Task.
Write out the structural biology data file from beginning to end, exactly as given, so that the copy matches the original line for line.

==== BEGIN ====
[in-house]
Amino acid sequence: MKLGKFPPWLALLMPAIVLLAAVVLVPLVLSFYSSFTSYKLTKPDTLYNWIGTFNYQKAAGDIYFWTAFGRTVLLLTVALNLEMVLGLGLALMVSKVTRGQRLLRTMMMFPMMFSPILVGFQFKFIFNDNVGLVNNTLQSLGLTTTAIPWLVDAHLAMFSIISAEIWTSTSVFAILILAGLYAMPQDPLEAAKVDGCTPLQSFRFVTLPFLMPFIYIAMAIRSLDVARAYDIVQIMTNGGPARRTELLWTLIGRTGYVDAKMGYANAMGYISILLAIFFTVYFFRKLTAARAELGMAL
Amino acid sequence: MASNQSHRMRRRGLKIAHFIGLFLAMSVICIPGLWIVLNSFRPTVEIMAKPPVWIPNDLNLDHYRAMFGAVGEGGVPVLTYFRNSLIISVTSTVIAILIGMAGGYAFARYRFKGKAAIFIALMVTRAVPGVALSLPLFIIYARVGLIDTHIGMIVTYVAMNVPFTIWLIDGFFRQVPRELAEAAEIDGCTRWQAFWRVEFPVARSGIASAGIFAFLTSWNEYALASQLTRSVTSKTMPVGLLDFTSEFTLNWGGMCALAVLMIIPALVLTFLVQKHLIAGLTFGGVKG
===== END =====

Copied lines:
[in-house]
Amino acid sequence: MKLGKFPPWLALLMPAIVLLAAVVLVPLVLSFYSSFTSYKLTKPDTLYNWIGTFNYQKAAGDIYFWTAFGRTVLLLTVALNLEMVLGLGLALMVSKVTRGQRLLRTMMMFPMMFSPILVGFQFKFIFNDNVGLVNNTLQSLGLTTTAIPWLVDAHLAMFSIISAEIWTSTSVFAILILAGLYAMPQDPLEAAKVDGCTPLQSFRFVTLPFLMPFIYIAMAIRSLDVARAYDIVQIMTNGGPARRTELLWTLIGRTGYVDAKMGYANAMGYISILLAIFFTVYFFRKLTAARAELGMAL
Amino acid sequence: MASNQSHRMRRRGLKIAHFIGLFLAMSVICIPGLWIVLNSFRPTVEIMAKPPVWIPNDLNLDHYRAMFGAVGEGGVPVLTYFRNSLIISVTSTVIAILIGMAGGYAFARYRFKGKAAIFIALMVTRAVPGVALSLPLFIIYARVGLIDTHIGMIVTYVAMNVPFTIWLIDGFFRQVPRELAEAAEIDGCTRWQAFWRVEFPVARSGIASAGIFAFLTSWNEYALASQLTRSVTSKTMPVGLLDFTSEFTLNWGGMCALAVLMIIPALVLTFLVQKHLIAGLTFGGVKG